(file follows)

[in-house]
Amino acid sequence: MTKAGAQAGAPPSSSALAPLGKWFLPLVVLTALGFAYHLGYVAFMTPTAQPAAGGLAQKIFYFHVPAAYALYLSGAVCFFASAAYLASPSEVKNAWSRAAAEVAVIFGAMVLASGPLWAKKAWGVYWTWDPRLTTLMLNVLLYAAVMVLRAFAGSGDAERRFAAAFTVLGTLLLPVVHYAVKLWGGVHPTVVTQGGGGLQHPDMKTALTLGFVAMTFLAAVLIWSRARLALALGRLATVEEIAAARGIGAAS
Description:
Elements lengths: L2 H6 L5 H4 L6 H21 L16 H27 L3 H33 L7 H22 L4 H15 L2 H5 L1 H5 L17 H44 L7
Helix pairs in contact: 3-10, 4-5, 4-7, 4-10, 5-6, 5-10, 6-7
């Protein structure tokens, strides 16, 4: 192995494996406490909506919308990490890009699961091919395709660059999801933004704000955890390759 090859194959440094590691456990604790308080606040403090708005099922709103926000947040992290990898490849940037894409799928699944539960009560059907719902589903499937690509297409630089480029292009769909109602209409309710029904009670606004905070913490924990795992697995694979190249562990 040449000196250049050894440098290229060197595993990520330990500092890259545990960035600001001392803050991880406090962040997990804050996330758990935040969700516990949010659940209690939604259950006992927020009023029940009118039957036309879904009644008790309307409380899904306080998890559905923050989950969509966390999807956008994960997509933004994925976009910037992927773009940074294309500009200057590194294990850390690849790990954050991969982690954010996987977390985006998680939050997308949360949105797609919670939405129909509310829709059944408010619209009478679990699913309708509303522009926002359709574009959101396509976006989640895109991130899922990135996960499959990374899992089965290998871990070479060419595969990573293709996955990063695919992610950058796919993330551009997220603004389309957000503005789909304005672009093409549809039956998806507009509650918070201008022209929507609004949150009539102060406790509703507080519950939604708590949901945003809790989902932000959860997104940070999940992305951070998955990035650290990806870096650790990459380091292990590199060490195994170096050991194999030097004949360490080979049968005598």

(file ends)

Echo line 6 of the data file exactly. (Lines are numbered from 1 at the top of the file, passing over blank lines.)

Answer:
């Protein structure tokens, strides 16, 4: 192995494996406490909506919308990490890009699961091919395709660059999801933004704000955890390759 090859194959440094590691456990604790308080606040403090708005099922709103926000947040992290990898490849940037894409799928699944539960009560059907719902589903499937690509297409630089480029292009769909109602209409309710029904009670606004905070913490924990795992697995694979190249562990 040449000196250049050894440098290229060197595993990520330990500092890259545990960035600001001392803050991880406090962040997990804050996330758990935040969700516990949010659940209690939604259950006992927020009023029940009118039957036309879904009644008790309307409380899904306080998890559905923050989950969509966390999807956008994960997509933004994925976009910037992927773009940074294309500009200057590194294990850390690849790990954050991969982690954010996987977390985006998680939050997308949360949105797609919670939405129909509310829709059944408010619209009478679990699913309708509303522009926002359709574009959101396509976006989640895109991130899922990135996960499959990374899992089965290998871990070479060419595969990573293709996955990063695919992610950058796919993330551009997220603004389309957000503005789909304005672009093409549809039956998806507009509650918070201008022209929507609004949150009539102060406790509703507080519950939604708590949901945003809790989902932000959860997104940070999940992305951070998955990035650290990806870096650790990459380091292990590199060490195994170096050991194999030097004949360490080979049968005598």